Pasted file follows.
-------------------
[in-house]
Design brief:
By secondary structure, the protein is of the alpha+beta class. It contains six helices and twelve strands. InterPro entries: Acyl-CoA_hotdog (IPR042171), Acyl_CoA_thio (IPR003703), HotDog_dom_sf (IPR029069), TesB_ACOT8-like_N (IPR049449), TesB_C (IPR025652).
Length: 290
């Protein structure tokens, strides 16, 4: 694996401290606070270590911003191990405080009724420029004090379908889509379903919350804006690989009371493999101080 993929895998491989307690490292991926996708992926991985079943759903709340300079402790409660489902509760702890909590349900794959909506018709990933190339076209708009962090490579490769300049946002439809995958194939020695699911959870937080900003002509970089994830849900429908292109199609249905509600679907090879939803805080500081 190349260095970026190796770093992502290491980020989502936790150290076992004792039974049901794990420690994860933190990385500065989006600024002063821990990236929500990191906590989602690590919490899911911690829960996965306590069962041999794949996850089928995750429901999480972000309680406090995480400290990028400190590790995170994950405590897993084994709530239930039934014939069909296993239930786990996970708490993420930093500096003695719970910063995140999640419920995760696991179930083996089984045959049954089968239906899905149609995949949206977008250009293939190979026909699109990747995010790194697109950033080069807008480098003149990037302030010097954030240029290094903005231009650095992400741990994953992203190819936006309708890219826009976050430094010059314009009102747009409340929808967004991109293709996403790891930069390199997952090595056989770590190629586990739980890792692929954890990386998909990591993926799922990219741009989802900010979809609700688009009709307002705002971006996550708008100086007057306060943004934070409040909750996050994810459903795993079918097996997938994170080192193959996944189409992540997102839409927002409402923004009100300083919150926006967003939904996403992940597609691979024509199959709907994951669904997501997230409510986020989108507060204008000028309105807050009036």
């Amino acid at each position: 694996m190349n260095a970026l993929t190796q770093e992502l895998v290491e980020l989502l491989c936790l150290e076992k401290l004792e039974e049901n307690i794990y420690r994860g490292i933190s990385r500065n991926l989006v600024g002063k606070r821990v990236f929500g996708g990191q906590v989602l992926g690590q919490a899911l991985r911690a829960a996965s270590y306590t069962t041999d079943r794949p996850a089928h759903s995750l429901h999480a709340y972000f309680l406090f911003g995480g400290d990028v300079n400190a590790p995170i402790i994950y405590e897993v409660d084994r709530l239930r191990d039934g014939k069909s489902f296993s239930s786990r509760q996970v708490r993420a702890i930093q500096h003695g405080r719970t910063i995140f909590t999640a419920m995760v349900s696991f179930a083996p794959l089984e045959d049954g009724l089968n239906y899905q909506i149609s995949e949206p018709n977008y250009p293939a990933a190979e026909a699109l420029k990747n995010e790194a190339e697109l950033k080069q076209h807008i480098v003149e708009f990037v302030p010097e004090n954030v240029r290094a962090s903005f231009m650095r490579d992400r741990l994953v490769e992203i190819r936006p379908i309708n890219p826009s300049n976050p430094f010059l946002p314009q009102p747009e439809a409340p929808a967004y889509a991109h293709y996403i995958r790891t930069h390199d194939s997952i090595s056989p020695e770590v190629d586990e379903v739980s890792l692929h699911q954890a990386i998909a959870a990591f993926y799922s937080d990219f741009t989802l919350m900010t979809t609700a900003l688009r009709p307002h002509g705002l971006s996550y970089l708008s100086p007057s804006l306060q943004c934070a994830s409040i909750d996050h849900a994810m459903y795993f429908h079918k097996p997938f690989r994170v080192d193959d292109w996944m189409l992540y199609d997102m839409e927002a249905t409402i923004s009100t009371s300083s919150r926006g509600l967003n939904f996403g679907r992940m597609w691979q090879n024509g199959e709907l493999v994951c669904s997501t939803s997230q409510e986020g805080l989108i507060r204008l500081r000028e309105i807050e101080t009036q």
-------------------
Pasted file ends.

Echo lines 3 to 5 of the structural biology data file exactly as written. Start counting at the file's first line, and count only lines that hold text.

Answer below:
By secondary structure, the protein is of the alpha+beta class. It contains six helices and twelve strands. InterPro entries: Acyl-CoA_hotdog (IPR042171), Acyl_CoA_thio (IPR003703), HotDog_dom_sf (IPR029069), TesB_ACOT8-like_N (IPR049449), TesB_C (IPR025652).
Length: 290
């Protein structure tokens, strides 16, 4: 694996401290606070270590911003191990405080009724420029004090379908889509379903919350804006690989009371493999101080 993929895998491989307690490292991926996708992926991985079943759903709340300079402790409660489902509760702890909590349900794959909506018709990933190339076209708009962090490579490769300049946002439809995958194939020695699911959870937080900003002509970089994830849900429908292109199609249905509600679907090879939803805080500081 190349260095970026190796770093992502290491980020989502936790150290076992004792039974049901794990420690994860933190990385500065989006600024002063821990990236929500990191906590989602690590919490899911911690829960996965306590069962041999794949996850089928995750429901999480972000309680406090995480400290990028400190590790995170994950405590897993084994709530239930039934014939069909296993239930786990996970708490993420930093500096003695719970910063995140999640419920995760696991179930083996089984045959049954089968239906899905149609995949949206977008250009293939190979026909699109990747995010790194697109950033080069807008480098003149990037302030010097954030240029290094903005231009650095992400741990994953992203190819936006309708890219826009976050430094010059314009009102747009409340929808967004991109293709996403790891930069390199997952090595056989770590190629586990739980890792692929954890990386998909990591993926799922990219741009989802900010979809609700688009009709307002705002971006996550708008100086007057306060943004934070409040909750996050994810459903795993079918097996997938994170080192193959996944189409992540997102839409927002409402923004009100300083919150926006967003939904996403992940597609691979024509199959709907994951669904997501997230409510986020989108507060204008000028309105807050009036």